Game of Thrones is a much easier sell than Clash of Kings: it is laden with surprises and ends with a fist-pumper of a scene. Clash of Kings suffers from the lugubriousness of an already expansive universe that Martin only continues to complicate, edge outwards and fill in, introducing more and more characters, locations and intrigues. Of course, that’s no problem in itself, but I found the second volume a bit tedious in places, and while I occasionally skipped over pages of description in the first book, I skimmed whole sections of Clash of Kings without regret. So while it was no great difficulty to continue on to the second book after the first, I’m in no hurry to go on to the third any time soon. (Dana Jennings’ NYT review of the fifth book in the famously long-incomplete series has swayed me slightly.)

Obviously, a lot happens in the 1500+ pages I read. (If anyone is giving out prizes for understatement of the year, I’ll take one.) But a few general areas of note. (Note that because there are so many significant plot changes, there’ll inevitably be SPOILERS. And note that I’m in no way trying to convert non-fantasy readers to these books. If the words ‘meat and mead’ anger you, you shouldn’t read this at all – click here now.)

I Sex and women

When an early description of a family’s bloodline contains the words ‘for centuries they had wed brother to sister’, you know you’re in for a hard-to-defend-to-your-friends kind of read. And no bloody joke. In Game of Thrones alone, you get twincest and a very closely written scene between an adult man and a thirteen-year-old girl. It’s enough to make you realise how grateful you are for age-of-consent laws.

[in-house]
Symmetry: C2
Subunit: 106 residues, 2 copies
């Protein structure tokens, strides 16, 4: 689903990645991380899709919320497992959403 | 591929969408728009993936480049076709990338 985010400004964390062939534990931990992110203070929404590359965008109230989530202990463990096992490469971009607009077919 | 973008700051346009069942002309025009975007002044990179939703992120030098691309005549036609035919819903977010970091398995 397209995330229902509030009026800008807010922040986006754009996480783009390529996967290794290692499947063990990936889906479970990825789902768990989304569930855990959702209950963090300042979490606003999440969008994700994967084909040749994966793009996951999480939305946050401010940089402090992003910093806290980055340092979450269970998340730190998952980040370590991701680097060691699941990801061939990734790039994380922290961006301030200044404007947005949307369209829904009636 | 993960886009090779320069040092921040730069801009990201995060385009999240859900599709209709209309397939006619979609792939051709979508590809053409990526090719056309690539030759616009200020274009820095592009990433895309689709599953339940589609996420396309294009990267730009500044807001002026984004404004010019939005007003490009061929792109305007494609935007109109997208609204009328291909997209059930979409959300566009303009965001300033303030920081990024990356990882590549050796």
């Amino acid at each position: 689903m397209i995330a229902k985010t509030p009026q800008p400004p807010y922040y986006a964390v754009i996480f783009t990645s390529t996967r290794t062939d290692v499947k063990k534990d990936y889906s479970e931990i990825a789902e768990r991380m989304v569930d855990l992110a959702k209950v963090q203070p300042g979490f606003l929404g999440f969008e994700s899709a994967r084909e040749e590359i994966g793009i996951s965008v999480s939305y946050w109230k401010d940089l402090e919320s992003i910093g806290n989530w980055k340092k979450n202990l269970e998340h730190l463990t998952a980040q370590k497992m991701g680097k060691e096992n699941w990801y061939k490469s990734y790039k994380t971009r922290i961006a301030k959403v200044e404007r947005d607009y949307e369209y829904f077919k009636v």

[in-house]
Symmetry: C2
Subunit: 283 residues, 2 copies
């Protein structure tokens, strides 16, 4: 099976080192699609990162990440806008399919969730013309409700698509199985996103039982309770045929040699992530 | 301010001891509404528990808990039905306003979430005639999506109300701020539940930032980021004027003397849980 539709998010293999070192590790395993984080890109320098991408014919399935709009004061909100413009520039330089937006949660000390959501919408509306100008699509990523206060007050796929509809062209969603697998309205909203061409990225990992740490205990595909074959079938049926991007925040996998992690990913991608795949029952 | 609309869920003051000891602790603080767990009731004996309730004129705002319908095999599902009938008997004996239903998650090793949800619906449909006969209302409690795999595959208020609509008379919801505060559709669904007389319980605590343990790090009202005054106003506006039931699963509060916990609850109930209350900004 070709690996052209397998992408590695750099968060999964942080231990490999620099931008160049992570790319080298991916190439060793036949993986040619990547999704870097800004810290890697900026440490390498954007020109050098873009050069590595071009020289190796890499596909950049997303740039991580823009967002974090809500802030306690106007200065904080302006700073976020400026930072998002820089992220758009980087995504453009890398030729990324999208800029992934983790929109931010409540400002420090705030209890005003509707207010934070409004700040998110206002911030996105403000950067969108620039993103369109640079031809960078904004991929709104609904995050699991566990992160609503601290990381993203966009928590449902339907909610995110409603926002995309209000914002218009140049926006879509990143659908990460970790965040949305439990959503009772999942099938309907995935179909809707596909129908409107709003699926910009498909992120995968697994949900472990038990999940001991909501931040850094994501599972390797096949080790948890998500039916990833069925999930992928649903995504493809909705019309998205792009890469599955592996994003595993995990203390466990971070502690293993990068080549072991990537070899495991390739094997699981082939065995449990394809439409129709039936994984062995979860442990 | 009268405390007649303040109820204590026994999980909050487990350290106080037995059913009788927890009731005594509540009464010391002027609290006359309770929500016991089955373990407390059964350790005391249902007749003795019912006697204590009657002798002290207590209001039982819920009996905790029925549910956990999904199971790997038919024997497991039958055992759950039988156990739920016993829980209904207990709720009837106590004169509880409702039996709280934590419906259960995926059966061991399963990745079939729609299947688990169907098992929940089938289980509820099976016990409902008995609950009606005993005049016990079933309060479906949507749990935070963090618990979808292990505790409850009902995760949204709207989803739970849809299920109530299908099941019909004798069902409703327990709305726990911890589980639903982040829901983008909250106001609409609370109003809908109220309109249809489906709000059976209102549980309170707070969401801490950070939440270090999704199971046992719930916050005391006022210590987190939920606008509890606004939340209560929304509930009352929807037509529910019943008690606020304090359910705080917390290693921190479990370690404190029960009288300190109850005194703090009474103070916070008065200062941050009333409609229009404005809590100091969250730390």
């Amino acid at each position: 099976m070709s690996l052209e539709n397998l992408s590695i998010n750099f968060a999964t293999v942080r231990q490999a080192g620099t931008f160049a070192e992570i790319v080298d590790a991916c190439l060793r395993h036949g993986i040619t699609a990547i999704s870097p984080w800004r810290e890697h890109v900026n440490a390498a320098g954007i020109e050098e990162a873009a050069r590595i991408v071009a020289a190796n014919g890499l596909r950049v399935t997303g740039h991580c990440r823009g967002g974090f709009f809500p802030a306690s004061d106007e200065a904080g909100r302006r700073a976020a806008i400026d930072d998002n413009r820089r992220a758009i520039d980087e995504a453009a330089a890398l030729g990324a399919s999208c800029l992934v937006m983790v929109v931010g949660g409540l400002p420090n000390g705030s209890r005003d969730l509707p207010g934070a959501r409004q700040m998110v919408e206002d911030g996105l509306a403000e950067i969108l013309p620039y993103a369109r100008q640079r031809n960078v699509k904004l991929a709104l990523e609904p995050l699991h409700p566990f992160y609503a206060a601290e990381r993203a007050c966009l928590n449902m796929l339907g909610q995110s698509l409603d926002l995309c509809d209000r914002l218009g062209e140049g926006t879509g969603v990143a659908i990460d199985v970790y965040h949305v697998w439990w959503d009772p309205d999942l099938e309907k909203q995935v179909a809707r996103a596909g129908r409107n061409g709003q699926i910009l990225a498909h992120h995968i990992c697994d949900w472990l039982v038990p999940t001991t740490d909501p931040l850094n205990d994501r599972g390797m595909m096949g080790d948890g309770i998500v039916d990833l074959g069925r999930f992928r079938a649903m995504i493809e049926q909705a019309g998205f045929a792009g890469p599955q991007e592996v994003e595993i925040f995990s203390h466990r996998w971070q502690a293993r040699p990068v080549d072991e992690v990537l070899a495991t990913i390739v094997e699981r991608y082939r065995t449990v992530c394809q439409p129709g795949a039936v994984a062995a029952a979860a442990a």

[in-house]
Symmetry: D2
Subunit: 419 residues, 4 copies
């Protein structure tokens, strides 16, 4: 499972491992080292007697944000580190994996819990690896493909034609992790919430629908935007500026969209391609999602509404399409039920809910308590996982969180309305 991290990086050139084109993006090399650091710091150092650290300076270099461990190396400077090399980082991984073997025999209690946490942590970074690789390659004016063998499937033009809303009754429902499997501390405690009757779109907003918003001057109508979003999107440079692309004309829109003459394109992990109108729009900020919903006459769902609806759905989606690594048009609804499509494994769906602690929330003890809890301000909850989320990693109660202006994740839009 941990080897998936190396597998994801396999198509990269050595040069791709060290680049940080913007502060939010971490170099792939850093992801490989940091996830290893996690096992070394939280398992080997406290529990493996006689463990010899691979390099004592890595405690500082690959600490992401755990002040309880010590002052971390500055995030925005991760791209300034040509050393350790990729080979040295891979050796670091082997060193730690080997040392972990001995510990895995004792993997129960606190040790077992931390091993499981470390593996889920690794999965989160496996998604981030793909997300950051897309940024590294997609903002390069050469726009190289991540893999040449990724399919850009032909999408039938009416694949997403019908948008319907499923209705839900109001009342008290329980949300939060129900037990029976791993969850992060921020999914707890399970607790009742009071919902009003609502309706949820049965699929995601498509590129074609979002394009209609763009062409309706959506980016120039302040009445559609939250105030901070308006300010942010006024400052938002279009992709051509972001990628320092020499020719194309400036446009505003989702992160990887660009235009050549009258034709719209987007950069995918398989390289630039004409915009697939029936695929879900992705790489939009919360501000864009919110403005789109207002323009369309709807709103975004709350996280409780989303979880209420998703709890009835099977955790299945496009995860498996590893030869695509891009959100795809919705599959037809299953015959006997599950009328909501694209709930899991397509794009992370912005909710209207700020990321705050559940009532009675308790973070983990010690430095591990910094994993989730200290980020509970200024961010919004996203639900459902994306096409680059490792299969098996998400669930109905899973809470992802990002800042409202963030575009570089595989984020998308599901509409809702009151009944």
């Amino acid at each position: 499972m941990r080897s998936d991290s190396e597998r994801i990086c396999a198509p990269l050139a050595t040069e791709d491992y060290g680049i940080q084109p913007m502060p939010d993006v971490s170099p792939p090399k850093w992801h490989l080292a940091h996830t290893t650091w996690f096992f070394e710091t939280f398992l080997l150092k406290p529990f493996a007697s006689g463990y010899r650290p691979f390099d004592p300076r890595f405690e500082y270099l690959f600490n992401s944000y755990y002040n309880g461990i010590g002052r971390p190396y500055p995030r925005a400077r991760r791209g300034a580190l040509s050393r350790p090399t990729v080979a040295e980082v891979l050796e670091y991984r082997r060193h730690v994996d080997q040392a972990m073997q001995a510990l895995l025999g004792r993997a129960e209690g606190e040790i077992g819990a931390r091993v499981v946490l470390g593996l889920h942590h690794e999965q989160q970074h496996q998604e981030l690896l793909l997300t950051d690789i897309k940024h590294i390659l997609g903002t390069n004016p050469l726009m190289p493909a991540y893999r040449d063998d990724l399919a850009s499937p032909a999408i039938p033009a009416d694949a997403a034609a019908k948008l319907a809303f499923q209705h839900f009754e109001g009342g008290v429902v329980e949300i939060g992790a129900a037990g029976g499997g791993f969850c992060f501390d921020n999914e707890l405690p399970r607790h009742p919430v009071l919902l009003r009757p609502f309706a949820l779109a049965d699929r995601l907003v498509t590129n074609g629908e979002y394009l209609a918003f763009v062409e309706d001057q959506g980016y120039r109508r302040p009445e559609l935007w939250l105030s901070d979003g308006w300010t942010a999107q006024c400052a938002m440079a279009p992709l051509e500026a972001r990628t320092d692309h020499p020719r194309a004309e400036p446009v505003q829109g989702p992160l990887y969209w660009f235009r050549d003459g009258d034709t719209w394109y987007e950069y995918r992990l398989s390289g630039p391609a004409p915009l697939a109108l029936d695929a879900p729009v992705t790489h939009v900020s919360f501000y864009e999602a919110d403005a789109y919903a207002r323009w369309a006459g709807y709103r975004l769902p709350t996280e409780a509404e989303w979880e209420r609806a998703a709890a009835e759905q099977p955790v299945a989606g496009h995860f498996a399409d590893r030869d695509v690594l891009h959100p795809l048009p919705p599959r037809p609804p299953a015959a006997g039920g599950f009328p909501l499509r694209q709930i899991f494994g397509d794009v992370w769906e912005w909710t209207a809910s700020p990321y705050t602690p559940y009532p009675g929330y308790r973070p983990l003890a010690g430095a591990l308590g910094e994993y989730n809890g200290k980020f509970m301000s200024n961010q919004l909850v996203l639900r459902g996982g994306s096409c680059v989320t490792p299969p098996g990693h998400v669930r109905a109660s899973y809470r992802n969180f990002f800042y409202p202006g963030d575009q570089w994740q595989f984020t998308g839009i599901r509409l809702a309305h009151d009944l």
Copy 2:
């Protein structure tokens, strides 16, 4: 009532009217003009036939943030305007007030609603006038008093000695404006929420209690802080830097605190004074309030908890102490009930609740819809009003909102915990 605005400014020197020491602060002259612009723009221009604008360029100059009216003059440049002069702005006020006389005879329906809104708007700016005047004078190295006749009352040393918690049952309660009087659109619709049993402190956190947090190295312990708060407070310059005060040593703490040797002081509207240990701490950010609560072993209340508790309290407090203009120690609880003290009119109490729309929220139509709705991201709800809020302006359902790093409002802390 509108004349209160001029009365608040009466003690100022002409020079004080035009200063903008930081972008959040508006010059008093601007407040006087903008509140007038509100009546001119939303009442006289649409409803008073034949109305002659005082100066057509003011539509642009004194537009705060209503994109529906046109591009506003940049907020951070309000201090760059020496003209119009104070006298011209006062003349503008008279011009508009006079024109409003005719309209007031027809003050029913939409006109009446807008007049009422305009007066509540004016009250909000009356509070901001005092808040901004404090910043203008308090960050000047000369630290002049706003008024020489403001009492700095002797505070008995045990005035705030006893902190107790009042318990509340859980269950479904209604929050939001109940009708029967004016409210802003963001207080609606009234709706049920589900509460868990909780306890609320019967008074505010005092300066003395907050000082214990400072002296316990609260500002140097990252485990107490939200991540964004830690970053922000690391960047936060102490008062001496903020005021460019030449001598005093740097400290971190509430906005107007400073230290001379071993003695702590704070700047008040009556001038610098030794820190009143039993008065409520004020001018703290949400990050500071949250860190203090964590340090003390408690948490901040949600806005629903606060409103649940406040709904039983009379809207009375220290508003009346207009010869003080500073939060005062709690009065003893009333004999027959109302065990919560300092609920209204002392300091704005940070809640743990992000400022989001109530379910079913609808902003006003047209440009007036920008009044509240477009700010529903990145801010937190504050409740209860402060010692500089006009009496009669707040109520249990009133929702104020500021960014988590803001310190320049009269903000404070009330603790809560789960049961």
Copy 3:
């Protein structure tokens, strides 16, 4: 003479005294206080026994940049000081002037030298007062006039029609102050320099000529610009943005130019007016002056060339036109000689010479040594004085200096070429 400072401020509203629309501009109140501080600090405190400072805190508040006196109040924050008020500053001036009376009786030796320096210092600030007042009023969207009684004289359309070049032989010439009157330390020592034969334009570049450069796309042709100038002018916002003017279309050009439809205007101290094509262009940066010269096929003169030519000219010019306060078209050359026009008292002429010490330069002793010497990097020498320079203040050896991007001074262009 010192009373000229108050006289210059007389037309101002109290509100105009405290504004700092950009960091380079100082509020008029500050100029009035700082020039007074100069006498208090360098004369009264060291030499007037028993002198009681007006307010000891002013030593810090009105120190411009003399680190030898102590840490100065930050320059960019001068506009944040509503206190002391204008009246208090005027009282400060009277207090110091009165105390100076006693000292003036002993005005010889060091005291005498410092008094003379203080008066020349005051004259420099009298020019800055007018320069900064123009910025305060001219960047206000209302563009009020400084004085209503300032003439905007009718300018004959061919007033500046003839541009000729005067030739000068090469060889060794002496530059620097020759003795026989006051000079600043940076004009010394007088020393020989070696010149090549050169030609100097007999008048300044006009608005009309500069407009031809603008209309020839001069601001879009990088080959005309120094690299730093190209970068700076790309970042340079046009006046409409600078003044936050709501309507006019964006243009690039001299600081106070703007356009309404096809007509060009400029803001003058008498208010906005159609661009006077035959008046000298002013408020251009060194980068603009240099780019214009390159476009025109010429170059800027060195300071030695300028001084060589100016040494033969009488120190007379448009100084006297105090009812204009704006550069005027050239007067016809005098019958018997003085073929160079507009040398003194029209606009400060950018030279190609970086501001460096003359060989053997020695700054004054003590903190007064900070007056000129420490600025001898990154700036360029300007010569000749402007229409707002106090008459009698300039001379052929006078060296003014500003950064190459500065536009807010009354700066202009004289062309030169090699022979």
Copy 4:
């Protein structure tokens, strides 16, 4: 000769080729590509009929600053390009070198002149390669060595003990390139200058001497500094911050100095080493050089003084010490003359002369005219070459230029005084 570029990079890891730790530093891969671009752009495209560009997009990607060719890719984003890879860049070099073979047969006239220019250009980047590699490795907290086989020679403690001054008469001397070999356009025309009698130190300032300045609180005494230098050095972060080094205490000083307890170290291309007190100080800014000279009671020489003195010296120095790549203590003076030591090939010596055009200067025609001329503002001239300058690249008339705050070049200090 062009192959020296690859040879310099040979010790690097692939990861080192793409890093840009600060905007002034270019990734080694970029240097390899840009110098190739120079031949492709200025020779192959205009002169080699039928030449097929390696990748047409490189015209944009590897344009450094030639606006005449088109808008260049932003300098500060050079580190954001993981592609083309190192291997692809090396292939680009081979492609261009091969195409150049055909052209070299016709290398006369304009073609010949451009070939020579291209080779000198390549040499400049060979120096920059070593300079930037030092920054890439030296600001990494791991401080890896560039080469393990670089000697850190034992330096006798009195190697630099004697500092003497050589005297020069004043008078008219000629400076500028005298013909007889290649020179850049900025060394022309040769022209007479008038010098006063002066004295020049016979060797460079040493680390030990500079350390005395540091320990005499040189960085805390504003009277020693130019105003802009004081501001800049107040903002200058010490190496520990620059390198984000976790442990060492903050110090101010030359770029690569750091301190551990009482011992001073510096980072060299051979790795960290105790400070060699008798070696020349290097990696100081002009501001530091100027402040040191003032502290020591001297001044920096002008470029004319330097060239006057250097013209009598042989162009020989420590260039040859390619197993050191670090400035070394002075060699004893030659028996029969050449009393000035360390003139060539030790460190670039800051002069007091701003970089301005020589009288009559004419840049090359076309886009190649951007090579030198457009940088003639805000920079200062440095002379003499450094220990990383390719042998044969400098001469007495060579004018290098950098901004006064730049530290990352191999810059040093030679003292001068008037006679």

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Now we’re really digging into the archives. I actually read The Shadow of the Sun over a year ago, in preparation for my holiday to north-east Africa.

If you’re anything like me, you’ll have a great deal of anxiety about reading into any subject you know very little about. Having only read a sprinkling of African literature – Ngugi Wa Thiong’o, Buchi Emecheta, Ben Okri – I confess I was overwhelmed by my unfamiliarity with that continent’s history and writers. For this reason, my travelling companions and I bought up big, books-wise, before we left – the first Popular Penguins series was a goldmine, furnishing Paul Theroux’s Dark Star Safari, Redmond Hanlon’s Congo Journey and Ryszard Kapuscinski’s The Shadow of the Sun.